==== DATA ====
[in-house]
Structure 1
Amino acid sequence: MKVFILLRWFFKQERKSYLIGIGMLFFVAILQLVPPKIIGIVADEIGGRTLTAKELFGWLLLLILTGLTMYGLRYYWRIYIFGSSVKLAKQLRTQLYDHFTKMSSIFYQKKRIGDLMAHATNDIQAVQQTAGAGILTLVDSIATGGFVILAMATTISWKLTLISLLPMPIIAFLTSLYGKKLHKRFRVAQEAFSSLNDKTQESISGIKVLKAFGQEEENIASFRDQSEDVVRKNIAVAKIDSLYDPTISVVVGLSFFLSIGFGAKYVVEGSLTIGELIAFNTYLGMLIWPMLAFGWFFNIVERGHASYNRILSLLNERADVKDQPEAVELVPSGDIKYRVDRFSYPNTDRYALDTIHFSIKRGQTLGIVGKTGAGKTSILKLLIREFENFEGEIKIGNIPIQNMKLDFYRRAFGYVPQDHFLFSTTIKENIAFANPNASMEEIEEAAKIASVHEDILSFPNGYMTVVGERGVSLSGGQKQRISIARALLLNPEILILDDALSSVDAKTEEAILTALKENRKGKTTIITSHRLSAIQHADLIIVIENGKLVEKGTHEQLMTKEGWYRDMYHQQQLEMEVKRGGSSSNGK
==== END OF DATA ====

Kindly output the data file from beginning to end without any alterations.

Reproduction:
[in-house]
Structure 1
Amino acid sequence: MKVFILLRWFFKQERKSYLIGIGMLFFVAILQLVPPKIIGIVADEIGGRTLTAKELFGWLLLLILTGLTMYGLRYYWRIYIFGSSVKLAKQLRTQLYDHFTKMSSIFYQKKRIGDLMAHATNDIQAVQQTAGAGILTLVDSIATGGFVILAMATTISWKLTLISLLPMPIIAFLTSLYGKKLHKRFRVAQEAFSSLNDKTQESISGIKVLKAFGQEEENIASFRDQSEDVVRKNIAVAKIDSLYDPTISVVVGLSFFLSIGFGAKYVVEGSLTIGELIAFNTYLGMLIWPMLAFGWFFNIVERGHASYNRILSLLNERADVKDQPEAVELVPSGDIKYRVDRFSYPNTDRYALDTIHFSIKRGQTLGIVGKTGAGKTSILKLLIREFENFEGEIKIGNIPIQNMKLDFYRRAFGYVPQDHFLFSTTIKENIAFANPNASMEEIEEAAKIASVHEDILSFPNGYMTVVGERGVSLSGGQKQRISIARALLLNPEILILDDALSSVDAKTEEAILTALKENRKGKTTIITSHRLSAIQHADLIIVIENGKLVEKGTHEQLMTKEGWYRDMYHQQQLEMEVKRGGSSSNGK